I am an unabashed crier while reading. My students know this, as do my friends and family. I can usually manage to read through my tears, but not this time. I cried while I laughed, I laughed while I cried. I frequently felt the need to bookmark my place with the jacket and walk around a bit. The last time a book did this to me was a few years ago while reading Deadline, by Chris Crutcher. If Ben Wolf is the king of the weepies, then Amber Appleton is queen.

Amber's moral compass points true north, aided by her faith in her personal vision of Jesus (as a gentle, forgiving hippie as opposed to an aloof punisher)  and reinforced by her reading of the literature of civil disobedience.  

   "I stare into his eyes (Prince Tony, aka Principal Fiorilli), and I see him swallow once. He digs me, and he knows that Lex Pinkston needs to be kicked in the shin and slapped every so often, if only to maintain the balance of power within the student body so that evil doesn't get out of control; the boss man sees this because deep down, Prince Tony is a good man - even if he is a wimp who plays both sides of the political fence..."

    "You're a good man, Prince Tony," I say, "and I believe that you will eventually clean up this school and protect the common students from the selfish interest of school board members like Mr. Pinkston..."(p. 46)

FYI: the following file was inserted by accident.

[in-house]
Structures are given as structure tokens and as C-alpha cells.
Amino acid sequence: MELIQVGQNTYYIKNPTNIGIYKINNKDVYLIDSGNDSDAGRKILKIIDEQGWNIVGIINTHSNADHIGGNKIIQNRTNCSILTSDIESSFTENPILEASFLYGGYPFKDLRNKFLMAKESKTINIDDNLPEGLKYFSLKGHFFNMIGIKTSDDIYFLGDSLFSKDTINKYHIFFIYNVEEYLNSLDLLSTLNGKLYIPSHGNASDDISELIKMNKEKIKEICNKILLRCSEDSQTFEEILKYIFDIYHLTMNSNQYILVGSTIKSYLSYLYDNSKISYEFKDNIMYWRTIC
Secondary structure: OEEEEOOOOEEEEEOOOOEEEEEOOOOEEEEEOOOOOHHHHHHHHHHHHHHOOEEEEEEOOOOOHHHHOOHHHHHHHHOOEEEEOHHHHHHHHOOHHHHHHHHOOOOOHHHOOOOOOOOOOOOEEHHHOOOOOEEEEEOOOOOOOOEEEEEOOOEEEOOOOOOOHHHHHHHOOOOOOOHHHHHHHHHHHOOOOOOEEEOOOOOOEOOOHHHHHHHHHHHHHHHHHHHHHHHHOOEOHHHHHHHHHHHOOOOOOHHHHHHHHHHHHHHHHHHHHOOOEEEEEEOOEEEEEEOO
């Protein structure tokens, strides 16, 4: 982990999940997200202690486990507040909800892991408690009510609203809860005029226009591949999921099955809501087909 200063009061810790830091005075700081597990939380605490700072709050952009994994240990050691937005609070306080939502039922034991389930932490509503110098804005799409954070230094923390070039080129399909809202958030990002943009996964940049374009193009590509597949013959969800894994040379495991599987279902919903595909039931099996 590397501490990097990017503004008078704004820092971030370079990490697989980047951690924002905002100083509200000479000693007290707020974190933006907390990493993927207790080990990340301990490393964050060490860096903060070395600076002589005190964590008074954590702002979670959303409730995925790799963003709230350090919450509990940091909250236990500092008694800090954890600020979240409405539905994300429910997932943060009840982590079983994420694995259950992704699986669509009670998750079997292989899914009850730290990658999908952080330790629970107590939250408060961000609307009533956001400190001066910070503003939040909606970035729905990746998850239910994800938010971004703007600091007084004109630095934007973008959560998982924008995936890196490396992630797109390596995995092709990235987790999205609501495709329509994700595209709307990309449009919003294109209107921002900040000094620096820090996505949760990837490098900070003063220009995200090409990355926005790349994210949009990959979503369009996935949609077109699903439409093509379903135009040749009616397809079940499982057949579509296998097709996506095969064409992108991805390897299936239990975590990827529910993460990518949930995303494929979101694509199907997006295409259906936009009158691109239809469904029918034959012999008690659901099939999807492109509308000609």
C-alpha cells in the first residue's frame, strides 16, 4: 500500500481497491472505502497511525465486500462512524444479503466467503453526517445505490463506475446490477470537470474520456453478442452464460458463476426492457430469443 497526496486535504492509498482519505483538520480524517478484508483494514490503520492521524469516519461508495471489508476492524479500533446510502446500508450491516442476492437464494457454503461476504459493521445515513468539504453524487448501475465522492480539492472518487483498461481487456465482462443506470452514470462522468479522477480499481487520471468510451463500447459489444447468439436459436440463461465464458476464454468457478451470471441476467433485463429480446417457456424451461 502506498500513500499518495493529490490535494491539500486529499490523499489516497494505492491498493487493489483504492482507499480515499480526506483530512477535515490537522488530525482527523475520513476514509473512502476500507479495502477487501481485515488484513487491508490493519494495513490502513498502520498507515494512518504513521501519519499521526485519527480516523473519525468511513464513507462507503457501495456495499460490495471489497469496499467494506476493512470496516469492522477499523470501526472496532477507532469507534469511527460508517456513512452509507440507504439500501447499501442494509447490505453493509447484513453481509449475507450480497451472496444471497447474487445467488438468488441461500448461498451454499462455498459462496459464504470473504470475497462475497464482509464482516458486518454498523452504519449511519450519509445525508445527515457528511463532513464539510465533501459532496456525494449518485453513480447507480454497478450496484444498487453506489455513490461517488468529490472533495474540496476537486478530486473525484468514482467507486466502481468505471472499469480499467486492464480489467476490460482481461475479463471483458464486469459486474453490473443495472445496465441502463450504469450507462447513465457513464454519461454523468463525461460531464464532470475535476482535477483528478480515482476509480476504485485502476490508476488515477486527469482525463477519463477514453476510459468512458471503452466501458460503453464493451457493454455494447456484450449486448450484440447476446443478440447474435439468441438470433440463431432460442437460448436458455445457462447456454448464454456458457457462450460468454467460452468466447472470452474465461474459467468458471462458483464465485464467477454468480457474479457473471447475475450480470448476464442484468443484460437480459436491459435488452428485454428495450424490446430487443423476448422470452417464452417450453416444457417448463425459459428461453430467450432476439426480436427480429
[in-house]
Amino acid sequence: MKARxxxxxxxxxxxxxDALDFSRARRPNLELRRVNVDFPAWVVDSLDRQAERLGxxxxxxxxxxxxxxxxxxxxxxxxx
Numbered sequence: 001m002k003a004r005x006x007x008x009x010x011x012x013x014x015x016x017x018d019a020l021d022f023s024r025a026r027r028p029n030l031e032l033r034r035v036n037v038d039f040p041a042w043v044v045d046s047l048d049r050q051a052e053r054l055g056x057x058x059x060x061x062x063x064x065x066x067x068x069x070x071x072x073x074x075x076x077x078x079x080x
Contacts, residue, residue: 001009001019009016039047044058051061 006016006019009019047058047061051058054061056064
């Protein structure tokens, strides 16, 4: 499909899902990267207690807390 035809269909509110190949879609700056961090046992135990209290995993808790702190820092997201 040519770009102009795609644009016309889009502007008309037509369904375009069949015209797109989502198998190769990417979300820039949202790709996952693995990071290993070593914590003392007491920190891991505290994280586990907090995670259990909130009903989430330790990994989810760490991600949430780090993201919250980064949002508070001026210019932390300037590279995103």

Do I love and adore this book? I do. I love this book despite a few teeny tiny imperfections. Every once and a while, the story veered treacherously close to melodrama and there were a few niggling doubts about plot point believability. However, they were pushed aside by the magnificence that was Amber. When tragedy strikes and Amber loses her ability to cope, ingenious use of white space, haiku and spare dialogue conveys just how fragile Amber has become. Any niggling was pushed down and out as I rooted for Amber to find herself.

So. I have another book for the "reread" pile. I also wonder how it would be handled as an audio. It is available on cd, but I'm almost reluctant to try it. Amber's voice is so clear in my head. I might be disappointed in the performance. 

I'm also curious about the book's release date. My copy has 2009 printed on the verso, but its BN listing states a May of 2010 release date. I am wondering because I hope it wins an award or two. I loved this book so much that I thought to nominate it for Best Fiction for Young Adults (BFYA) and found that it already has been nominated. I'll be rooting for it and have found one more reason to attend ALA Midwinter. Do check out the list of nominations so far, Sorta Like a Rock Star is in very excellent company.

I'll end this overly long post with a link to Matthew Quick's website. Sorta Like a Rock Star is his YA debut. He has one adult novel under his belt. Hm. Can I add this title to my 2010 debut challenge? Does his adult title knock him out of the running for the YALSA award for debut novels (as it did Martin Wilson)?  

 PS: (sorry) As I was adding my tags below, I saw that I was filing a number of tags that begin with the letter "f." Amber was the leader of Franks' Freaks and there were five. This novel is about the power faith, friendship, family and forgiveness. I will think some more to try and come up with a fifth "f."